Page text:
Found Down is out now via Leisure & District. Click HERE for more information on Slowcoaches.
1. BATTS A Shame
Currently in the midst of her debut UK tour, wrapping up this Sunday at Hoxton Square Bar & Kitchen in London, Melbourne’s BATTS has this week shared her new video to the excellent single Shame. The track is the latest taster of BATTS’ upcoming debut album, the follow-up to the superb, space-themed EP, 62 Stars.
While still with one eye on the skies, Shame is in many ways more rooted to Earth than BATTS has ever previously been. The track tackles the great shame of our age, the gradual, or perhaps all too rapid, destruction of our planet, “I was hoping that the way that we think, is not the way that we’ll think in a little while, honey I’m losing hope.” The track casts the romantic notion of shooting off to another planet where, “Bowie watches us through the stars”, while ultimately knowing that is not the answer to our issues. BATTS’ message is delivered with her most musically impressive offering to date; the prominent tumbling bass accompanied by delightfully loose guitar work and the stunning vocal, the middle ground of Angel Olsen’s clipped tones and Lucy Dacus’ more emotive, held notes. BATTS might dream of floating off to the stars, pretty soon she’s going to be a very bright star in her own right.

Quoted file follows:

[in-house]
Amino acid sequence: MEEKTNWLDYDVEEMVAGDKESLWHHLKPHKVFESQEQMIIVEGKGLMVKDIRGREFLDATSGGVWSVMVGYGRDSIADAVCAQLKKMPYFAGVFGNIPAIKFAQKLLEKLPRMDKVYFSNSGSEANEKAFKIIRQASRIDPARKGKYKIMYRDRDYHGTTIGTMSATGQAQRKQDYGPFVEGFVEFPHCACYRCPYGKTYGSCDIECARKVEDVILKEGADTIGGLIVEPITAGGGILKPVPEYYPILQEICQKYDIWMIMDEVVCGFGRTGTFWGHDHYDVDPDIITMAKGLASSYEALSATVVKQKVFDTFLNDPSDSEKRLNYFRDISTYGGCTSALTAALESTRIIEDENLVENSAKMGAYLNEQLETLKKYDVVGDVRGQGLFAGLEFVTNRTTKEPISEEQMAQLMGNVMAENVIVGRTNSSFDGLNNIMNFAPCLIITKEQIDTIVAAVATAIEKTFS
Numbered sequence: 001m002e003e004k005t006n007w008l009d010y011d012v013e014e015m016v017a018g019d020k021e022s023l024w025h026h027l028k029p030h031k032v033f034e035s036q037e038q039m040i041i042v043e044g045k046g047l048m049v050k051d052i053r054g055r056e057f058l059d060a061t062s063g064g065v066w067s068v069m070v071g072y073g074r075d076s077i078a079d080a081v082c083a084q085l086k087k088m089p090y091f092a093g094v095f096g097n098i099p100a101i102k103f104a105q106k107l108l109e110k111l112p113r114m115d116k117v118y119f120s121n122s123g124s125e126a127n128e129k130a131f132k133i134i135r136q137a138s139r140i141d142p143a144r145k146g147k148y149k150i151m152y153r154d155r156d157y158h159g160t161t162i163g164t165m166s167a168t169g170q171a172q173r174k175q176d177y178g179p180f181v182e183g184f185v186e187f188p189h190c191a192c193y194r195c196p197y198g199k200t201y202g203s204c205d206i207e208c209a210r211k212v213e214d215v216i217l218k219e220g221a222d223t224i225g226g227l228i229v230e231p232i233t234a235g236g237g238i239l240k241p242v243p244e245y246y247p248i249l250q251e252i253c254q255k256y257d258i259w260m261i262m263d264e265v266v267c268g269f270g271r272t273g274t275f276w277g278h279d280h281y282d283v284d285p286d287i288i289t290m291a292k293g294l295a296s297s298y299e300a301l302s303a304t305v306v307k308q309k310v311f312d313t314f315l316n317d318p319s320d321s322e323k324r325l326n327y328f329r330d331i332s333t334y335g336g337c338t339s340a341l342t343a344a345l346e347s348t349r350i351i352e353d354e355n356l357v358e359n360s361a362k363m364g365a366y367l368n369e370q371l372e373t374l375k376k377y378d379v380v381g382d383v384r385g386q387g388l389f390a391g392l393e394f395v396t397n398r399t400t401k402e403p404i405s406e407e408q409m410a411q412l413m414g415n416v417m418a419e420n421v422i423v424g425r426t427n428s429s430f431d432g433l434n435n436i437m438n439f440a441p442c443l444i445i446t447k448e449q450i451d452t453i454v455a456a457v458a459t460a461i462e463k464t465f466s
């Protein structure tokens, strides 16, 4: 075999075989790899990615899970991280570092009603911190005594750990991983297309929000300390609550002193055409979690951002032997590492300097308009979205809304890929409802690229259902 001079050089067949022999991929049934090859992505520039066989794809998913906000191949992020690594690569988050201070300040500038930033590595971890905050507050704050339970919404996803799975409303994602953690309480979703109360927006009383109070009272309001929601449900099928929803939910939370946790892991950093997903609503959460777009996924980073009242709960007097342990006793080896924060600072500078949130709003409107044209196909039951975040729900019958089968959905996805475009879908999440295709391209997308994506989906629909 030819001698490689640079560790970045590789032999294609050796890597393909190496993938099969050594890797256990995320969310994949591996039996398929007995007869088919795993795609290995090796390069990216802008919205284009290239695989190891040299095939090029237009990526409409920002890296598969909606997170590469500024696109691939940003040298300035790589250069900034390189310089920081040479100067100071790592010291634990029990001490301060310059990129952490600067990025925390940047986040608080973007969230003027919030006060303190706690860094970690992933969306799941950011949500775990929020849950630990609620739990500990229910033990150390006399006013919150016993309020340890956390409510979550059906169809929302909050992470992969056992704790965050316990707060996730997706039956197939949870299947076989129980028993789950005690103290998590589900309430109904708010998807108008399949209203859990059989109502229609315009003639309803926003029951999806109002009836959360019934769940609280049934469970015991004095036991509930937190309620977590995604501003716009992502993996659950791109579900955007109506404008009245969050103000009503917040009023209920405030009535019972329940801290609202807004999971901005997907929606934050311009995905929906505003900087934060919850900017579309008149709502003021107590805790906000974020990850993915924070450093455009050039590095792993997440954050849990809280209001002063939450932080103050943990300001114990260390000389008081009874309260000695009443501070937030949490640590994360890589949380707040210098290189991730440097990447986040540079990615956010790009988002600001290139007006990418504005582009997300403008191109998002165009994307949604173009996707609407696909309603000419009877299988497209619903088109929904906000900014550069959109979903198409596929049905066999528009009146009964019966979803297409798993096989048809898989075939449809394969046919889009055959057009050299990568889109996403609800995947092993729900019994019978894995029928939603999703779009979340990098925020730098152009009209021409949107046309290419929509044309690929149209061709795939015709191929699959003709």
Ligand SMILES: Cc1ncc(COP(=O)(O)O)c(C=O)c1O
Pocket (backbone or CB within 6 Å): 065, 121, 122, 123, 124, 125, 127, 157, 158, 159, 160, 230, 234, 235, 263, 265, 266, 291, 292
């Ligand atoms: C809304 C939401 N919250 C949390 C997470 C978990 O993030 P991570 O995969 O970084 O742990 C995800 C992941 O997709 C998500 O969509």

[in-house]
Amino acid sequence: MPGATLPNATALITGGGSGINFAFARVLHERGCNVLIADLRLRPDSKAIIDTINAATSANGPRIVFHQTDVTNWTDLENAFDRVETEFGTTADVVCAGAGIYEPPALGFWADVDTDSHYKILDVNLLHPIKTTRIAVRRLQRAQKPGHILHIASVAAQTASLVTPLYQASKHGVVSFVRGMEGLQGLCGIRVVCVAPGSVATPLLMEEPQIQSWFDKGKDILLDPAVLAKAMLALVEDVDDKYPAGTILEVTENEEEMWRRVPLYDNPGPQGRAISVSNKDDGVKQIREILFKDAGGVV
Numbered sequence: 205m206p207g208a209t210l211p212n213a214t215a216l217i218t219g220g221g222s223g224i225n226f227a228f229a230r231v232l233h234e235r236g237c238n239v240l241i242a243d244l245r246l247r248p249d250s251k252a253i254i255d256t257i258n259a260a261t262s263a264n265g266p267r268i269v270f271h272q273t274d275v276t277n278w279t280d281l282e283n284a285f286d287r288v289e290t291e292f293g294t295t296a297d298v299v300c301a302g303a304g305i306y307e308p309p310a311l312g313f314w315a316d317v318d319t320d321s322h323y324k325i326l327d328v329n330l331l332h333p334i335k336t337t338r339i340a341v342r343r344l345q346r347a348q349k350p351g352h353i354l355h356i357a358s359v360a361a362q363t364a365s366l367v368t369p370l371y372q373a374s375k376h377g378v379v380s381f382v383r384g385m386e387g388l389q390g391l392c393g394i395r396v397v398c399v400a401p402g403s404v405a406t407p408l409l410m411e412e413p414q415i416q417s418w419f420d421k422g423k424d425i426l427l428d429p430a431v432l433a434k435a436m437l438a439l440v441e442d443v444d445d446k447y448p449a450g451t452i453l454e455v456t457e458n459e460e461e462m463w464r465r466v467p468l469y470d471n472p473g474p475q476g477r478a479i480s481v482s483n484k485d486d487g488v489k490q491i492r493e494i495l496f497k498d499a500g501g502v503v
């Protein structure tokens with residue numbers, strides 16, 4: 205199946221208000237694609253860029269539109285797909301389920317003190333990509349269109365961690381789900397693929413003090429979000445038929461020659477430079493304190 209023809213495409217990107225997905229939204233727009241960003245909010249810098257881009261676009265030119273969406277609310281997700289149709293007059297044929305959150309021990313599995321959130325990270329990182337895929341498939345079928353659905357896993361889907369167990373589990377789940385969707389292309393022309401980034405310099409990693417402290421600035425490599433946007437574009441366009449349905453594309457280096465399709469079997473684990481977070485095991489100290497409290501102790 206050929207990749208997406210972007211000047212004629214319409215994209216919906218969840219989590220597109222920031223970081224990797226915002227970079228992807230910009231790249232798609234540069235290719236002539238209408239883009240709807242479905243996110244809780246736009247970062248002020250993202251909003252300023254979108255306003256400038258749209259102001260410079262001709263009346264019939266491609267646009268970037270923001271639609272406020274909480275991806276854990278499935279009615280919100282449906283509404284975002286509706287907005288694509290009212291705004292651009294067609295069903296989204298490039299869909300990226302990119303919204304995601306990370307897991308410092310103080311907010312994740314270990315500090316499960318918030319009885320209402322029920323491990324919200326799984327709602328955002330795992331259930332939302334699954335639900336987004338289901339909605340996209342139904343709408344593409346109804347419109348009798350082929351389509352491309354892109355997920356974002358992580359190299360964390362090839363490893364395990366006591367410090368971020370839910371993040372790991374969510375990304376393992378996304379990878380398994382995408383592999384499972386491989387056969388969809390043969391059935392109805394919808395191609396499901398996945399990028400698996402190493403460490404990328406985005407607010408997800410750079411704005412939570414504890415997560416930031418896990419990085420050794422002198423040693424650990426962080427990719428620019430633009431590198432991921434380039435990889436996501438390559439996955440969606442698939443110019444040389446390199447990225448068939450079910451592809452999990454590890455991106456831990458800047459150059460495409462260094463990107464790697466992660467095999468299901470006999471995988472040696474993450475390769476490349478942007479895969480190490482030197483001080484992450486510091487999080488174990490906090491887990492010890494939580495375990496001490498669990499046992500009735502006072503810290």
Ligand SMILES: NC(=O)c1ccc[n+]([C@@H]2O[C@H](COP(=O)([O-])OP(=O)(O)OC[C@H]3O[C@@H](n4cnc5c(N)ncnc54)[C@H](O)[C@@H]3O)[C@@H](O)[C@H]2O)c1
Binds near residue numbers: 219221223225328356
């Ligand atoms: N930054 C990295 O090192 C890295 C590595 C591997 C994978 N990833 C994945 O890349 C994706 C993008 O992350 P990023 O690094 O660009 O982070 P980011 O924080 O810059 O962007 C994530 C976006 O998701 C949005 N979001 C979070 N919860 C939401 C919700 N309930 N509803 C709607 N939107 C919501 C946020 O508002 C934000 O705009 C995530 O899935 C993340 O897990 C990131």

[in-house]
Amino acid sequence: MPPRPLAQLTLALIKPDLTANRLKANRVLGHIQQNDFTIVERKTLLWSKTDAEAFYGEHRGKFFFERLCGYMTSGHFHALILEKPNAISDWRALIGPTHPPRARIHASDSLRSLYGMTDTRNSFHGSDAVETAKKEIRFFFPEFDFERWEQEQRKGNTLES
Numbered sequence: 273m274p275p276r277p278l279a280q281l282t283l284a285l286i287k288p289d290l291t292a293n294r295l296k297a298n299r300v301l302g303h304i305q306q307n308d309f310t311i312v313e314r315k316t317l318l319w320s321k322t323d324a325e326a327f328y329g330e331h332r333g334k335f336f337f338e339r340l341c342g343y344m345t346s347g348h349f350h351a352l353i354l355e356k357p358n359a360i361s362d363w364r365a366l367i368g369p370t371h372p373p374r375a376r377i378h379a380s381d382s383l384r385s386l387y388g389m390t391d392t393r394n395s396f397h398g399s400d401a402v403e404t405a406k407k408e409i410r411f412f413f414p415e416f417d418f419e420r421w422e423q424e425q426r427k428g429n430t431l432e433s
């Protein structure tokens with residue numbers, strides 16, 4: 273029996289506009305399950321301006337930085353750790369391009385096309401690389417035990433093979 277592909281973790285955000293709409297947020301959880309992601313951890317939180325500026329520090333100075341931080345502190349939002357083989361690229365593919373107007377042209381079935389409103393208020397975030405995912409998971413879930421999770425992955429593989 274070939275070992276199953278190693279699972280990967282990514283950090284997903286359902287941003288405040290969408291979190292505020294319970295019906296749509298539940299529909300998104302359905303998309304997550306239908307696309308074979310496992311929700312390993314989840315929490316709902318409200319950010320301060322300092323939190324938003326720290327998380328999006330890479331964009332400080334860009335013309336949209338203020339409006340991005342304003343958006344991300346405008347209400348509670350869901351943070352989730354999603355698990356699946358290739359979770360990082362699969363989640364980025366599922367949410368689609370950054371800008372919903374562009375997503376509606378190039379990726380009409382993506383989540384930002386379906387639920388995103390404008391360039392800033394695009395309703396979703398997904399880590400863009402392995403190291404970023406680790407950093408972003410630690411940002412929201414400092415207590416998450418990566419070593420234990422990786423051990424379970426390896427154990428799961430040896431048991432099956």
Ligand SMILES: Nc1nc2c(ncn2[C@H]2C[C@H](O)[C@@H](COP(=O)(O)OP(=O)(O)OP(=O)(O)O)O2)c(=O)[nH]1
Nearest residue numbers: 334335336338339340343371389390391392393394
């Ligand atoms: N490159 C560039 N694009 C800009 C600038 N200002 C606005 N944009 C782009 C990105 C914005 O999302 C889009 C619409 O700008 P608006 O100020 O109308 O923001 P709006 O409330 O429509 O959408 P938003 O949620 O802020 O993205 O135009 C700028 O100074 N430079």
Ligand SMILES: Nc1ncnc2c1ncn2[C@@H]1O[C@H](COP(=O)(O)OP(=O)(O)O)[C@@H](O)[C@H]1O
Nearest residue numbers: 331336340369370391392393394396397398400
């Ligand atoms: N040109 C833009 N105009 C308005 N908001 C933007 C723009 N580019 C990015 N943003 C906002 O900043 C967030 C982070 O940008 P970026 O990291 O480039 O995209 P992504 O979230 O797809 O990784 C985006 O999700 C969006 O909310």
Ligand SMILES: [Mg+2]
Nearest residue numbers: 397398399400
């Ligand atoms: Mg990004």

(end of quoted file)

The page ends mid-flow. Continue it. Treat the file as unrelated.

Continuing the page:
Shame is out now. Click HERE for more information on BATTS.
Header photo is Batts by Michelle Grace Hunder – http://michellegracehunder.com